[Laughs] This one was a lemon?

Yeah, this was like a hundred dollar bass.

And he charged you too much for it.

...and he charged me too much for it.

Lesson learned. Have you come across anything, gear-wise, that’s inspired you to write music or just get out and shed?

YES. What I really like right now, and I didn’t get a chance to talk about it in my clinic, and I don’t endorse the product, but it’s TC Electronic’s and it’s called the Ditto [Looper]. The little one – I just got that recently. And...MAN. It’s a cool thing in my arsenal. I can’t say that I’ve used it live so much as of yet. But for me to be able to train, for me to be able to play through changes, I can put different chords, different bass lines...It’s not so much that I use it to stack four of five different bass parts, but usually I just use it so I can play with it. I really love that pedal. So, THAT’s inspired me to do some things and actually write some grooves and some songs that I’ll use, hopefully, on the next record.

You’ve given credit to Shelia E. with regard to recommending you to Prince. How did you meet her?

I met Shelia for the first time at the NAMM show out in LA. This is back when my friend Kat Dyson and I were endorsing Godin guitars. So, we’re talkin’ like 1995, I think. Maybe ‘96? ...At that time there were probably less female musicians around, so if you knew them, you KNEW them. After we did the NAMM show, we did Musikmesse in Germany, and Sheila was there again (and there were even a SMALLER combination of female musicians). So we kinda ran into her again – she was looking for new musicians to put a band together for Prince. He’s always been particular to female players – she’s an amazing player. She’s an icon. That’s why the book is called ‘ICON’!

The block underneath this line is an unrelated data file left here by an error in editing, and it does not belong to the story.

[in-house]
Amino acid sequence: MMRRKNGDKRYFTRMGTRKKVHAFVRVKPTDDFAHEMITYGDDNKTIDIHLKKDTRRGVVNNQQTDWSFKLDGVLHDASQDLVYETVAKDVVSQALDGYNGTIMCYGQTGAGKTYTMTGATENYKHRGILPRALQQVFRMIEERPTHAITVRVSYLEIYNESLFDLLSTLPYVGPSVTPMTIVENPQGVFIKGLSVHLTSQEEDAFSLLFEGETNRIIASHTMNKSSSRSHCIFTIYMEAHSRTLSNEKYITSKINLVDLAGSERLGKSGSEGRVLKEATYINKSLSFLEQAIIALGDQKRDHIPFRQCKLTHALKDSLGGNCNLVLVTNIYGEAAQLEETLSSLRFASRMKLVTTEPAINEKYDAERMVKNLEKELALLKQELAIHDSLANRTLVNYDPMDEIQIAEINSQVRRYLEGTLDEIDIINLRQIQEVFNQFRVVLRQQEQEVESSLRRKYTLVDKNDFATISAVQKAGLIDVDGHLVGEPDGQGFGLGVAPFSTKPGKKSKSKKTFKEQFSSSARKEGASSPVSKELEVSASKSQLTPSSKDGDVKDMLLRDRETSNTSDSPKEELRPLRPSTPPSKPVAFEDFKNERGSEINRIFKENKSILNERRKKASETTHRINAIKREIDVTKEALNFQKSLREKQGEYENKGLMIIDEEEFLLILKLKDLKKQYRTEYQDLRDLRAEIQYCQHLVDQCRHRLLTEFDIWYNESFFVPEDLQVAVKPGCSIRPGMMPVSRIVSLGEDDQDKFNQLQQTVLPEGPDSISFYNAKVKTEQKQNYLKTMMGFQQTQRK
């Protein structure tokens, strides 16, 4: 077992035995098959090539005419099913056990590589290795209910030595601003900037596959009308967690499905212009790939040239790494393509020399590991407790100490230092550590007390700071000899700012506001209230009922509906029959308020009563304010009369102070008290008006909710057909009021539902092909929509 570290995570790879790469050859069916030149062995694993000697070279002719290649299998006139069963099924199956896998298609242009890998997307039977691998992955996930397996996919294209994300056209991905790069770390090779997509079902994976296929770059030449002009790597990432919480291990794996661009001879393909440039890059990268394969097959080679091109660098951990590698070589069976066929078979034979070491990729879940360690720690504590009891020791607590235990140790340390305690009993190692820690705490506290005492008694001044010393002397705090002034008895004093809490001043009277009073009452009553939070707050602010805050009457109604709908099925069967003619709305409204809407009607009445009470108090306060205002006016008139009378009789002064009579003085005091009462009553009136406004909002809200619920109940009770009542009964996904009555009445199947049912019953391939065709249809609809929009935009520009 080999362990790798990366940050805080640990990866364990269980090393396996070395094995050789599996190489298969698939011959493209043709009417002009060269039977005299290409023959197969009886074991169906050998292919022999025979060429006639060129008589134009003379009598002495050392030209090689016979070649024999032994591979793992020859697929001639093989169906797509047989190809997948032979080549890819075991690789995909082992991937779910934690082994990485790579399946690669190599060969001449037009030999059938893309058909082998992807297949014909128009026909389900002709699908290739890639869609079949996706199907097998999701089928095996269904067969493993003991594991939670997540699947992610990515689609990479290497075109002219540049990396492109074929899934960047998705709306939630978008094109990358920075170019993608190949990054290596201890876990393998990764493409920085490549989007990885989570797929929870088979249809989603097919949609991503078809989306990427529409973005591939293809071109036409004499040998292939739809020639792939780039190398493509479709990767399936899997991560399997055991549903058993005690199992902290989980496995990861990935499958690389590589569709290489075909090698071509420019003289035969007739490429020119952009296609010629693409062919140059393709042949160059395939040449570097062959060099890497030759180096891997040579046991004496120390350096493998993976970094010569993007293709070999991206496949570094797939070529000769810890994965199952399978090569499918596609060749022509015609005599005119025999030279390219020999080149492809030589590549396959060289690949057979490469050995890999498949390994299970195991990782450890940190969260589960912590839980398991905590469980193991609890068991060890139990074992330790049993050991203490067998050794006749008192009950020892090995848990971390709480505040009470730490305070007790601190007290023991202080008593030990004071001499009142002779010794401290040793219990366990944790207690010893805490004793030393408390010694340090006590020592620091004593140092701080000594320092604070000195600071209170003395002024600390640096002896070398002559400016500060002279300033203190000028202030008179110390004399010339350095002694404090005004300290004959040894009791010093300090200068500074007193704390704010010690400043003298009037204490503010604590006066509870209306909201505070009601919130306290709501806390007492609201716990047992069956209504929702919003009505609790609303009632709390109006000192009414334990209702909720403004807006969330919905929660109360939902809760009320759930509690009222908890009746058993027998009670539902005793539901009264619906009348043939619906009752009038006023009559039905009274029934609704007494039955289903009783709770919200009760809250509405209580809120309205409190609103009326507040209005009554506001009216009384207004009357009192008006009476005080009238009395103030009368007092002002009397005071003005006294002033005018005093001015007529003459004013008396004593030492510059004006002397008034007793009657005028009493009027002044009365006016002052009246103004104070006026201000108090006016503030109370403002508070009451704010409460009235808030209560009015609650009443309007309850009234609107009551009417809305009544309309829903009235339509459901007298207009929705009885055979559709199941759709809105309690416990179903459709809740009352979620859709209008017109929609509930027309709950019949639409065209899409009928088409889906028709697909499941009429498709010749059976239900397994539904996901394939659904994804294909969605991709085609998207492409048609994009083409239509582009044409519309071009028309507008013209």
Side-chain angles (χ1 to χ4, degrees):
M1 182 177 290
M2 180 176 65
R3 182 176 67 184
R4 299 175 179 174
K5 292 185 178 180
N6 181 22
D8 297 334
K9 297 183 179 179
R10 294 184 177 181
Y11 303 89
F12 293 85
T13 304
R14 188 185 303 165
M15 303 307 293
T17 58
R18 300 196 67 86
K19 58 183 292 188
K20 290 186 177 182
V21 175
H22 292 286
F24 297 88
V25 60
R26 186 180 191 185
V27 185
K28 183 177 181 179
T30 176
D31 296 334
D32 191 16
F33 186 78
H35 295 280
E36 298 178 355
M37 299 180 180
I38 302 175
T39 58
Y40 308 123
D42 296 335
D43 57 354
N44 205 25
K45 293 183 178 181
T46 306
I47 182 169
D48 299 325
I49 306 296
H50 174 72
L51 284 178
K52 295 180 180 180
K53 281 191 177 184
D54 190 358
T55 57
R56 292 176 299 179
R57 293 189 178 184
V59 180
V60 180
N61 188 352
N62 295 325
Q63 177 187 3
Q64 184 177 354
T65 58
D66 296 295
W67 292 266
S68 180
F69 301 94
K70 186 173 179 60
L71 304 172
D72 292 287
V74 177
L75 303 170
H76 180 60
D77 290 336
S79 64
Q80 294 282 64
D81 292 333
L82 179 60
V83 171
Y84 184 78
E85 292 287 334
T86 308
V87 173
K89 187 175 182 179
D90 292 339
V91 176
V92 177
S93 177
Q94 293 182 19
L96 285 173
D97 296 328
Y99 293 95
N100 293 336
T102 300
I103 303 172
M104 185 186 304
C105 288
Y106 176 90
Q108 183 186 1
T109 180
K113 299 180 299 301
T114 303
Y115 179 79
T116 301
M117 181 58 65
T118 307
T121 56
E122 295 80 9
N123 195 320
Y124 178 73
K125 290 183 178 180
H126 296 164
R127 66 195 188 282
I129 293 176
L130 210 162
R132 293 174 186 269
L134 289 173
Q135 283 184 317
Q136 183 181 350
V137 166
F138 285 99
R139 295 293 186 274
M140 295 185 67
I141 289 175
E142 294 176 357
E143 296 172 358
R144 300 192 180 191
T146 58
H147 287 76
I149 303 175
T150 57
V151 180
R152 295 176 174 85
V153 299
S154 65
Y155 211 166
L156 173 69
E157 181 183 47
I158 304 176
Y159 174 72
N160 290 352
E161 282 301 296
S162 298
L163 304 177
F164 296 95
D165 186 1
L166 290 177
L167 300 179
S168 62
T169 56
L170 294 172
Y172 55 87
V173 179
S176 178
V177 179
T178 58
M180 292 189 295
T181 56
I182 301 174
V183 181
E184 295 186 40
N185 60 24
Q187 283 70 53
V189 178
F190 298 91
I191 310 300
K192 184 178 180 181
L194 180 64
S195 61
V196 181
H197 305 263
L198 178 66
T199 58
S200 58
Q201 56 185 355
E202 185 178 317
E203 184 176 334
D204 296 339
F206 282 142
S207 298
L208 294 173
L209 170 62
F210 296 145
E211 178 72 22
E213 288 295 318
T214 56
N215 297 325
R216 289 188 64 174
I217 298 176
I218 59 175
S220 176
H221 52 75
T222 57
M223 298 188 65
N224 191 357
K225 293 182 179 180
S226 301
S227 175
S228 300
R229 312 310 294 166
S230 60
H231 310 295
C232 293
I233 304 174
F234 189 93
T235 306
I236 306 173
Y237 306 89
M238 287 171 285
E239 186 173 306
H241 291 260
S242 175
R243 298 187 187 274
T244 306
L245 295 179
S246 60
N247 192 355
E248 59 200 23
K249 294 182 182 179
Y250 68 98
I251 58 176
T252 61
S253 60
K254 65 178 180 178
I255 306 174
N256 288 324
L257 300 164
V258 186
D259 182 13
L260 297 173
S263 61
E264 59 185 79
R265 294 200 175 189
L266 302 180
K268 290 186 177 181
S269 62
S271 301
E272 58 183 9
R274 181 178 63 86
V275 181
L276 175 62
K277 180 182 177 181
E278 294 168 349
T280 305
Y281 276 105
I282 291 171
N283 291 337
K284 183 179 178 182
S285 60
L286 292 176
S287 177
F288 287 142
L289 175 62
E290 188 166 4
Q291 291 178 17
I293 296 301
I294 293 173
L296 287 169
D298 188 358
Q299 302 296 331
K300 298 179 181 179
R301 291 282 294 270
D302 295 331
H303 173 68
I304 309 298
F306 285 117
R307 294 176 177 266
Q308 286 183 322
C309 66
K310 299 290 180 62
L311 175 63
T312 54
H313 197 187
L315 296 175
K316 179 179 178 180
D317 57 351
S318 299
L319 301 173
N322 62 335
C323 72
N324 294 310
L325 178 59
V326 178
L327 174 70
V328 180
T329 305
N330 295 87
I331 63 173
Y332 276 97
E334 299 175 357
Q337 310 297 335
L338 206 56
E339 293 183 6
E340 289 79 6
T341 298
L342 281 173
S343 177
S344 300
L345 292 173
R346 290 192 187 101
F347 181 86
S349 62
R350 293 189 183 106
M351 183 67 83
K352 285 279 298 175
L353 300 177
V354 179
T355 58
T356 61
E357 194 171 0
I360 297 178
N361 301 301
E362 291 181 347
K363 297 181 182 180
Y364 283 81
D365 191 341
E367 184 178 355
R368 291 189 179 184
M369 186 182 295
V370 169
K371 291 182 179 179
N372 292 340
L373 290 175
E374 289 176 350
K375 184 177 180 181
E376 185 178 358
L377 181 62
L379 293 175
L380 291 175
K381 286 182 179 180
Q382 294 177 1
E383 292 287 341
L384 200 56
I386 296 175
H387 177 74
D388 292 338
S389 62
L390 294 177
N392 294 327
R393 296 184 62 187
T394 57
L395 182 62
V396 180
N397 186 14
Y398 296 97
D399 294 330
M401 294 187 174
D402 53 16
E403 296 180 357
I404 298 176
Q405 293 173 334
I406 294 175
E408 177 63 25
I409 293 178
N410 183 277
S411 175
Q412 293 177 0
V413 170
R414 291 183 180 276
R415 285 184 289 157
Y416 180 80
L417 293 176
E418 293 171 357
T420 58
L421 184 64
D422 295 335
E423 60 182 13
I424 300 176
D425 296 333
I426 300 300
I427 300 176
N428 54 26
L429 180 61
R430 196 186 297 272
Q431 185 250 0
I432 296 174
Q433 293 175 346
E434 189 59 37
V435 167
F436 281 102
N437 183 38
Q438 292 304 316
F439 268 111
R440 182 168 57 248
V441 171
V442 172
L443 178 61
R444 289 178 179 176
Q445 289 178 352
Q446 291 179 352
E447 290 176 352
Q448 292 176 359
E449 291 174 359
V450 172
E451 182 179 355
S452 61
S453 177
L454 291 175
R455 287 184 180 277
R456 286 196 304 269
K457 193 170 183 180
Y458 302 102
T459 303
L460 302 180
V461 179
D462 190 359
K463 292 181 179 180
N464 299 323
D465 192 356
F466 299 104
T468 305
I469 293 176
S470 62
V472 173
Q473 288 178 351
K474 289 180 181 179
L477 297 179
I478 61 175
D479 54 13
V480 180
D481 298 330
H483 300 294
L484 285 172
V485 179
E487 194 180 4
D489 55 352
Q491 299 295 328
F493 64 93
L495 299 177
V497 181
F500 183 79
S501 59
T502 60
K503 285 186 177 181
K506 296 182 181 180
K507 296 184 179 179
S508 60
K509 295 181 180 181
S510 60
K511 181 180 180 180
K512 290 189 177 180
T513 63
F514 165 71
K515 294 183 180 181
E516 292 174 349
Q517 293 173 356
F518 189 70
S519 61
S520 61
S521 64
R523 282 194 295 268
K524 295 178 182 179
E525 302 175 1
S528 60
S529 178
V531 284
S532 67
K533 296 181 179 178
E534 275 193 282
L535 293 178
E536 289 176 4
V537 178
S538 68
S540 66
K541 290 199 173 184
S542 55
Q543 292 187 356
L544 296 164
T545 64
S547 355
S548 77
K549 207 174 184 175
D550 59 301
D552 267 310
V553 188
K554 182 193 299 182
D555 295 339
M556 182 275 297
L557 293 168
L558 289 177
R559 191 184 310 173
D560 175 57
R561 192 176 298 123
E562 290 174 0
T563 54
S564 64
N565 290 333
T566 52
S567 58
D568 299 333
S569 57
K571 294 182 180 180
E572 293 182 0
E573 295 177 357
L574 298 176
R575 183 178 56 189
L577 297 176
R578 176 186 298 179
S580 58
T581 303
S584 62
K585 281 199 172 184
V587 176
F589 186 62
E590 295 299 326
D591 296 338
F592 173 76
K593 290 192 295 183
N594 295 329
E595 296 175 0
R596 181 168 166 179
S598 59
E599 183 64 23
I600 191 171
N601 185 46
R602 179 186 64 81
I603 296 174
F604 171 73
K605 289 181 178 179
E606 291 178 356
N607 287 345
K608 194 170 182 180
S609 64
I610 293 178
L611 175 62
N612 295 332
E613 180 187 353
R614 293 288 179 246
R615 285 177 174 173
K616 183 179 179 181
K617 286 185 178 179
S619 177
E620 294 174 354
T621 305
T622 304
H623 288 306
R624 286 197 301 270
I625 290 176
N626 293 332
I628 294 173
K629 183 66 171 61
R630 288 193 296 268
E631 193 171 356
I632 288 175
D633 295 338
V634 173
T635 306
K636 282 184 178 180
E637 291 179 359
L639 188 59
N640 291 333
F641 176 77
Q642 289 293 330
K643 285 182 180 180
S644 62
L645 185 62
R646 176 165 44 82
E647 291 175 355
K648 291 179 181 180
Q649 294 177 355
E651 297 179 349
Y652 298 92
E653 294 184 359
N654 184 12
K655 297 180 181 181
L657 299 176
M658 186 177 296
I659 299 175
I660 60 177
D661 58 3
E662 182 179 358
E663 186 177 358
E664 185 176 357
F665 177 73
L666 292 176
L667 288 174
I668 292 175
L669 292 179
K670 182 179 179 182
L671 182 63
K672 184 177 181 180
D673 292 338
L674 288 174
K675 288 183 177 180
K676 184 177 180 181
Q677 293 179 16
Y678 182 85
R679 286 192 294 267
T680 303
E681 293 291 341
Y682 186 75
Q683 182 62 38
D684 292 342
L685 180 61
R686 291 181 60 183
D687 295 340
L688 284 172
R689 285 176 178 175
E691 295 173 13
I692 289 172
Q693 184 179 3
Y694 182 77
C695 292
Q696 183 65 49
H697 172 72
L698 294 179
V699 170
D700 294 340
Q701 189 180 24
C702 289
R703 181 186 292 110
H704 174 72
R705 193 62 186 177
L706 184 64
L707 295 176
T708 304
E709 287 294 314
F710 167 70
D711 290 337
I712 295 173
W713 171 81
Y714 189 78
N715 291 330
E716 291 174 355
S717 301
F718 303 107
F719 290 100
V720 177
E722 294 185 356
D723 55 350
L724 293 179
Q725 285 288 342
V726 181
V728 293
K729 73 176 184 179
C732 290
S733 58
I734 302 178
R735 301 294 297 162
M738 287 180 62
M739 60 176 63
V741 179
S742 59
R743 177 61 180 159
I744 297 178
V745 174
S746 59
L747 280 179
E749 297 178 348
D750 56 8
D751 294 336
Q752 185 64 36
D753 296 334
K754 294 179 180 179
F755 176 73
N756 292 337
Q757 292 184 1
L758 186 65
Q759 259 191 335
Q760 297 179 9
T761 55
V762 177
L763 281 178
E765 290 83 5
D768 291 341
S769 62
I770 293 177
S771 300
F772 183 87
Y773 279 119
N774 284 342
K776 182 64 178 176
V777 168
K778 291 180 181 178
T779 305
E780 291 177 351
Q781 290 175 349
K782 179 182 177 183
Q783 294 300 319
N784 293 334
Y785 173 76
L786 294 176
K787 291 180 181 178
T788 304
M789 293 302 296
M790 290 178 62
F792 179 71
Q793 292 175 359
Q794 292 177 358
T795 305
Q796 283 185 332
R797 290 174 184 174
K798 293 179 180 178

My last question kinda ties into that. You’ve talked about being a female bass player in a time when there weren’t many out there. You’ve broken those walls down, with the likes of Sheila and Esperanza [Spaulding]. What sort of advice would you give to young aspiring musicians to get themselves out there?

Regardless of gender?

Regardless of gender. Thankfully, you’ve broken down those walls.

What’s always guided me through the good and the bad, and the low and the high, is:

Do it because you love it, and it’ll love you back. Be honest about it, but respect the music first. If you always respect the music first, learn your parts. Treat people like you want to be treated. BE ON TIME – these are really important things. Don’t put people out. All of those human factors go a long way. It’s not JUST about the music [or] how well you play in this business. It’s how you treat people, it’s how you get along with people, it’s if people wanna be around you, too. I don’t wanna be babysat, and I don’t wanna be the babysitter for somebody. All of those things go together.

Some people say that the music industry is 20% music and 80% business. Some people need to take care of the business and be aware of that. Put the egos aside. There’s a time to have an ego, and a time to not have an ego. Just be easy to get along with. Be someone that people like. Be someone that people like playing music with as much as they like making music. Ya know, it’s always been said to me and it’s always true – in a group, a leader or someone who’s looking to fill a position would rather take a lesser player who is easier to handle and not a pain in the rear over somebody who is absolutely amazing but a pain in the ass. You dig?

I can dig! Thank you so much  we’re looking forward to seeing more of you soon, perhaps a clinic with us!

Marc Najjar
Marc Najjar